International Day Against Homophobia Breakfast 2012: "A room full of courage"
One thing's for certain: the 376 people who assembled at Qmunity's eighth annual International Day Against Homophobia Breakfast can't be called cowards.
BC Federation of Labour president Jim Sinclair, one of three keynote speakers at the May 17 event held at the Fairmont Hotel Vancouver, perhaps put it best.
"I understand this is a room full of courage," he said of the room packed with queer and straight attendees. "It takes courage to fight for rights. They don't come easily. And all of us…are sitting here today because the people who came before us had the courage to say, 'I am who I am and I will be who I am.' "
The event, hosted by CBC's Kathryn Gretsinger, included city councillor and deputy mayor Tim Stevenson (who is also a member of the city's LGBTQ Advisory Committee) officially proclaiming May 17 the International Day Against Homophobia in Vancouver.
Another keynote speaker, Telus risk management vice-president and chief internal auditor Kasey Reese, reflected both the theme of courage and this year's IDAH theme "Queering the Workplace: How LGTB Inclusion is Good for Business" by entitling his speech "Come out, come out, wherever you are—and that includes the workplace".
Reese joined Telus' Diversity and Inclusiveness Council in 2009 and formed a queer resource group called Spectrum, which now has 300 members with chapters in Vancouver, Calgary, Edmonton, Montreal, and Toronto. (The company also has resource groups for women [Connections] and aboriginal people [Eagles]). After he attended the first Vancouver networking session of Pride at Work Canada, Telus joined the organization as a national partner.
"Organizations that really understand the value and reflect the diversity of their customers are able to out-innovate their competitors," he said.
One such company is Vancity, which copresented the event and has supported numerous gay organizations, including the Vancouver Queer Film Festival. Vancity board of director's David Wong pointed out that at his company, 67 percent are female, 40 percent are visible minorities, and 60 percent were born outside Canada. He added that Vancity has a board of directors that is two-third female with two queer members, half of their executive team is female, and the company also has a female board chair and female CEO.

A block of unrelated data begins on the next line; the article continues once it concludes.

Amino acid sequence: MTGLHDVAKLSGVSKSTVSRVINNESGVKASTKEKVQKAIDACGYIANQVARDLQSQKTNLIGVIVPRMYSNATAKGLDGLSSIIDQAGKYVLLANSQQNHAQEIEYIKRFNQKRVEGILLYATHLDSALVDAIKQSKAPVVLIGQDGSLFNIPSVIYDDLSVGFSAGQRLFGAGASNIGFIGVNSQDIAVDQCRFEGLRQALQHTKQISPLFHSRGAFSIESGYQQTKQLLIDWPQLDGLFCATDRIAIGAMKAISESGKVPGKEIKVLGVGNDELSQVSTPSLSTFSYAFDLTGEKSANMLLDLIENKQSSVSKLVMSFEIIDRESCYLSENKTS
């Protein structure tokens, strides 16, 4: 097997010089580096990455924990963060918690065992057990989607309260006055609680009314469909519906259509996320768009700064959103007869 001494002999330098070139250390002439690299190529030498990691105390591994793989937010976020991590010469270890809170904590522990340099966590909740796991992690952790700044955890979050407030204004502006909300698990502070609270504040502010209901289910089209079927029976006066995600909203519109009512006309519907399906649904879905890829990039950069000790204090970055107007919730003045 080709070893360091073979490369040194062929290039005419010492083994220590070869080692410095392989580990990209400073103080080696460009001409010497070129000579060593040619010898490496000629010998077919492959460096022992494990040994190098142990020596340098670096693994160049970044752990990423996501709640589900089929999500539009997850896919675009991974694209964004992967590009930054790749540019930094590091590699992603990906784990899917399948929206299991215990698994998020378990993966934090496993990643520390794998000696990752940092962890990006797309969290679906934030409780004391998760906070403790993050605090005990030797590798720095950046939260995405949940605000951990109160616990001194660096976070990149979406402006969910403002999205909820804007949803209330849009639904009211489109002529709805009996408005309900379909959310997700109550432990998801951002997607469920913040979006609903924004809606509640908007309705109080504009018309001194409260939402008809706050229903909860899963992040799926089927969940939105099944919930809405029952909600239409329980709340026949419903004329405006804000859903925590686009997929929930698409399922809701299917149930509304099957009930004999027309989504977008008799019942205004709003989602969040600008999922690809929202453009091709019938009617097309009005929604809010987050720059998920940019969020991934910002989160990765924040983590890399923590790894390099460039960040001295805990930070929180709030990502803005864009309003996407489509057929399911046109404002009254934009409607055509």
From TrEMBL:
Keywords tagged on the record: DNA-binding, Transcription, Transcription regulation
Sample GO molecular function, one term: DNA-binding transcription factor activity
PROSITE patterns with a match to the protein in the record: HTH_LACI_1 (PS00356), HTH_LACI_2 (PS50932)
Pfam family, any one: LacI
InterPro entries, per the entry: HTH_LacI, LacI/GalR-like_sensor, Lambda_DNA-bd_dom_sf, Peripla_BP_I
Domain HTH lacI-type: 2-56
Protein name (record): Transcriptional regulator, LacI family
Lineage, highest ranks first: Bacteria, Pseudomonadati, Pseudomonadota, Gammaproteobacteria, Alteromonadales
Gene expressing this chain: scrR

"At the same time," he said, "we posted our best financial profits over the last two years. Is that a direct linkage?"
For companies that are seeking to increase their diversity and become more inclusive, Qmunity's new executive director Dara Parker pointed out that Qmunity offers queer competency training for companies interested in becoming queer-friendly and inclusive.
While Parker said that homophobia can manifest in the workplace in overt behaviour such as receiving dirty looks after talking about a same-sex partner or being physically or verbally harassed, she noted that often it takes place in "subtle, discrete, and mostly invisible" ways. For example, intake forms offering only two genders or erroneous assumptions about colleagues can leave employees feel isolated or alienated.
Electronic Arts producer Kelly Worrall's story illuminated some of these points from a personal perspective. Allowing herself to be who she truly is took a lot of courage to overcome the negative messages she had deeply internalized.
"Growing up in the '80s and '70s in Virigina, I felt that there was something terribly, terribly wrong with me," she told the audience. "And I knew…that if anyone found out about that I was in deep, deep trouble. I was in trouble with my family. I was in trouble with my church. I would be in trouble with the people in my school. I would be in trouble anywhere I went. So you don't grow up with that understanding that, 'Hey, I'm okay and people just don't understand me.' You grow up with this deep-seated belief that there's something fundamentally broken about you as a person, and if anybody finds out about it, there's going to be hell to pay.
"So you bury that deep down inside you, as deep as possible…and try to make sure nobody finds out your deep secret. Which is that when you were seven years old, you thought, 'Hey, I have pretty damn good legs, if only I could show them off wearing a skirt.' "
She said her experience of transitioning in the workplace, which has taken place over the past few years, "was a wonderful one, and continues to be a wonderful one." She had the support of her company, from her human resources department to coworkers, as they went through a learning curve together as a team.
"I think that one of the best ways that you can bring a sense of family to your workplace is if you honestly take care of one another," she said. "Go the extra mile. Let them know that it's okay to be who they are. And be there for them when they need you."